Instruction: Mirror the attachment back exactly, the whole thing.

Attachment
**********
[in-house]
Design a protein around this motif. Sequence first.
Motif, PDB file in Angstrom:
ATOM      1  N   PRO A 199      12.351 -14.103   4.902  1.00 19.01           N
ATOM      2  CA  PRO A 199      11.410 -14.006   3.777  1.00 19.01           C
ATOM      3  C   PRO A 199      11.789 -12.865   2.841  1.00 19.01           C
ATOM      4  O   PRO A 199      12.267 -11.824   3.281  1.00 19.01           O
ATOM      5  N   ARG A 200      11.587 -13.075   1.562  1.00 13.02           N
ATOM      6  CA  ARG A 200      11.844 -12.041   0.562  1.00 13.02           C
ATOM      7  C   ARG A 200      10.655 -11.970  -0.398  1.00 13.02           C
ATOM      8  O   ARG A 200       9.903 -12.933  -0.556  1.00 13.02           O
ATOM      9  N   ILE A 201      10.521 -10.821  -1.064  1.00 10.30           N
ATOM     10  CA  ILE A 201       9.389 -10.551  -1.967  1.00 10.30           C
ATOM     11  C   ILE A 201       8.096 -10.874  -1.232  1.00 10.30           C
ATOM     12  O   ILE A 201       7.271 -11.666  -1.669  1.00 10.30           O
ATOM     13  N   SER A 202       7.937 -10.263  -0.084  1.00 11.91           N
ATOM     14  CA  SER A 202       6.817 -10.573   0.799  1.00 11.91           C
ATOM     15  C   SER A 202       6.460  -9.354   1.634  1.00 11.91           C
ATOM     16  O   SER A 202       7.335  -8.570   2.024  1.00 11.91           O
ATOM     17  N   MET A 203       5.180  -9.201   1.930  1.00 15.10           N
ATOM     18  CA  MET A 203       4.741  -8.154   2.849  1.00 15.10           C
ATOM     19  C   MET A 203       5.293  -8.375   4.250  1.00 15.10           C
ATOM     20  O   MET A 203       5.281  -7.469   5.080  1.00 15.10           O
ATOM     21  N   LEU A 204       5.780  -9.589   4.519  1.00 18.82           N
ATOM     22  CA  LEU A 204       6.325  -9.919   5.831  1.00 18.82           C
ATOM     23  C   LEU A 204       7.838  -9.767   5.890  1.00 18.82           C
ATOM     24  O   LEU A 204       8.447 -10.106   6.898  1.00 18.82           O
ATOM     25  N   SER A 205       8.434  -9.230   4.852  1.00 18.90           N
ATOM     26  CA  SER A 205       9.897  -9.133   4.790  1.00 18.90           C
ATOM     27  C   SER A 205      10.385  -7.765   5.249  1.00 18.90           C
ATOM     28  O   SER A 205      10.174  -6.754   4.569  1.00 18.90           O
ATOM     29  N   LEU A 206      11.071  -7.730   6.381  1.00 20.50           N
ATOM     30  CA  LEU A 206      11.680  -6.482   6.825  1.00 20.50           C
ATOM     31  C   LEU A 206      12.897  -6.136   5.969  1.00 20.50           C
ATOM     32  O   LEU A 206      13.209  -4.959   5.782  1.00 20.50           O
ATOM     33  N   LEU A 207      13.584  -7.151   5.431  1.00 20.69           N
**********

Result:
[in-house]
Design a protein around this motif. Sequence first.
Motif, PDB file in Angstrom:
ATOM      1  N   PRO A 199      12.351 -14.103   4.902  1.00 19.01           N
ATOM      2  CA  PRO A 199      11.410 -14.006   3.777  1.00 19.01           C
ATOM      3  C   PRO A 199      11.789 -12.865   2.841  1.00 19.01           C
ATOM      4  O   PRO A 199      12.267 -11.824   3.281  1.00 19.01           O
ATOM      5  N   ARG A 200      11.587 -13.075   1.562  1.00 13.02           N
ATOM      6  CA  ARG A 200      11.844 -12.041   0.562  1.00 13.02           C
ATOM      7  C   ARG A 200      10.655 -11.970  -0.398  1.00 13.02           C
ATOM      8  O   ARG A 200       9.903 -12.933  -0.556  1.00 13.02           O
ATOM      9  N   ILE A 201      10.521 -10.821  -1.064  1.00 10.30           N
ATOM     10  CA  ILE A 201       9.389 -10.551  -1.967  1.00 10.30           C
ATOM     11  C   ILE A 201       8.096 -10.874  -1.232  1.00 10.30           C
ATOM     12  O   ILE A 201       7.271 -11.666  -1.669  1.00 10.30           O
ATOM     13  N   SER A 202       7.937 -10.263  -0.084  1.00 11.91           N
ATOM     14  CA  SER A 202       6.817 -10.573   0.799  1.00 11.91           C
ATOM     15  C   SER A 202       6.460  -9.354   1.634  1.00 11.91           C
ATOM     16  O   SER A 202       7.335  -8.570   2.024  1.00 11.91           O
ATOM     17  N   MET A 203       5.180  -9.201   1.930  1.00 15.10           N
ATOM     18  CA  MET A 203       4.741  -8.154   2.849  1.00 15.10           C
ATOM     19  C   MET A 203       5.293  -8.375   4.250  1.00 15.10           C
ATOM     20  O   MET A 203       5.281  -7.469   5.080  1.00 15.10           O
ATOM     21  N   LEU A 204       5.780  -9.589   4.519  1.00 18.82           N
ATOM     22  CA  LEU A 204       6.325  -9.919   5.831  1.00 18.82           C
ATOM     23  C   LEU A 204       7.838  -9.767   5.890  1.00 18.82           C
ATOM     24  O   LEU A 204       8.447 -10.106   6.898  1.00 18.82           O
ATOM     25  N   SER A 205       8.434  -9.230   4.852  1.00 18.90           N
ATOM     26  CA  SER A 205       9.897  -9.133   4.790  1.00 18.90           C
ATOM     27  C   SER A 205      10.385  -7.765   5.249  1.00 18.90           C
ATOM     28  O   SER A 205      10.174  -6.754   4.569  1.00 18.90           O
ATOM     29  N   LEU A 206      11.071  -7.730   6.381  1.00 20.50           N
ATOM     30  CA  LEU A 206      11.680  -6.482   6.825  1.00 20.50           C
ATOM     31  C   LEU A 206      12.897  -6.136   5.969  1.00 20.50           C
ATOM     32  O   LEU A 206      13.209  -4.959   5.782  1.00 20.50           O
ATOM     33  N   LEU A 207      13.584  -7.151   5.431  1.00 20.69           N